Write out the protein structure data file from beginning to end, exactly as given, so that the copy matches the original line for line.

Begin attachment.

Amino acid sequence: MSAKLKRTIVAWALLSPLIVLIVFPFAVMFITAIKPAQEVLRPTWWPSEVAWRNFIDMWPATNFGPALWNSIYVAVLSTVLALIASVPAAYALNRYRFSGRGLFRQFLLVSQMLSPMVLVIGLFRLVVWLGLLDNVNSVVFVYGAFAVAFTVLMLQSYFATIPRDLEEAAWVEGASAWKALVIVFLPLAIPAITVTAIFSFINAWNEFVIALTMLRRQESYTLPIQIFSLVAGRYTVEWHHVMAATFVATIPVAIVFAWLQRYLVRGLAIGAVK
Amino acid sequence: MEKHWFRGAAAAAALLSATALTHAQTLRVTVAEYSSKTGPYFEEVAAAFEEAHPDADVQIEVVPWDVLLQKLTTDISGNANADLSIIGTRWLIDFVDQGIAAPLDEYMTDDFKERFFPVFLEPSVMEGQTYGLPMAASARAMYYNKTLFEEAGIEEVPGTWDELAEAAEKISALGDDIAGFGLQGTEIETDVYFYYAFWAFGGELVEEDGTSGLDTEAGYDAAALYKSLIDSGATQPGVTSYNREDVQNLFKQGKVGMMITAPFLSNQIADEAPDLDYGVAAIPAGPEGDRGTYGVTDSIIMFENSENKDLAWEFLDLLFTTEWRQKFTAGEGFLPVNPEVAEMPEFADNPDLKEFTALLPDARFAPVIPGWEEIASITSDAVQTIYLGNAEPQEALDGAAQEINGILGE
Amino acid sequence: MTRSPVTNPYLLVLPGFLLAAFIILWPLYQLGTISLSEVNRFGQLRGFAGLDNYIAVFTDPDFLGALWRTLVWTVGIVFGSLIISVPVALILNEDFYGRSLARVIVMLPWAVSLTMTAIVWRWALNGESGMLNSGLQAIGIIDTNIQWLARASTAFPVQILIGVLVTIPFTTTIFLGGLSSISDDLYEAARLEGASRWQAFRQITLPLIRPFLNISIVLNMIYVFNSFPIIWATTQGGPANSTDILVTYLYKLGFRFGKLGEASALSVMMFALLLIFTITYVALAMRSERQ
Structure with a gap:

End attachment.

Amino acid sequence: MSAKLKRTIVAWALLSPLIVLIVFPFAVMFITAIKPAQEVLRPTWWPSEVAWRNFIDMWPATNFGPALWNSIYVAVLSTVLALIASVPAAYALNRYRFSGRGLFRQFLLVSQMLSPMVLVIGLFRLVVWLGLLDNVNSVVFVYGAFAVAFTVLMLQSYFATIPRDLEEAAWVEGASAWKALVIVFLPLAIPAITVTAIFSFINAWNEFVIALTMLRRQESYTLPIQIFSLVAGRYTVEWHHVMAATFVATIPVAIVFAWLQRYLVRGLAIGAVK
Amino acid sequence: MEKHWFRGAAAAAALLSATALTHAQTLRVTVAEYSSKTGPYFEEVAAAFEEAHPDADVQIEVVPWDVLLQKLTTDISGNANADLSIIGTRWLIDFVDQGIAAPLDEYMTDDFKERFFPVFLEPSVMEGQTYGLPMAASARAMYYNKTLFEEAGIEEVPGTWDELAEAAEKISALGDDIAGFGLQGTEIETDVYFYYAFWAFGGELVEEDGTSGLDTEAGYDAAALYKSLIDSGATQPGVTSYNREDVQNLFKQGKVGMMITAPFLSNQIADEAPDLDYGVAAIPAGPEGDRGTYGVTDSIIMFENSENKDLAWEFLDLLFTTEWRQKFTAGEGFLPVNPEVAEMPEFADNPDLKEFTALLPDARFAPVIPGWEEIASITSDAVQTIYLGNAEPQEALDGAAQEINGILGE
Amino acid sequence: MTRSPVTNPYLLVLPGFLLAAFIILWPLYQLGTISLSEVNRFGQLRGFAGLDNYIAVFTDPDFLGALWRTLVWTVGIVFGSLIISVPVALILNEDFYGRSLARVIVMLPWAVSLTMTAIVWRWALNGESGMLNSGLQAIGIIDTNIQWLARASTAFPVQILIGVLVTIPFTTTIFLGGLSSISDDLYEAARLEGASRWQAFRQITLPLIRPFLNISIVLNMIYVFNSFPIIWATTQGGPANSTDILVTYLYKLGFRFGKLGEASALSVMMFALLLIFTITYVALAMRSERQ
Structure with a gap: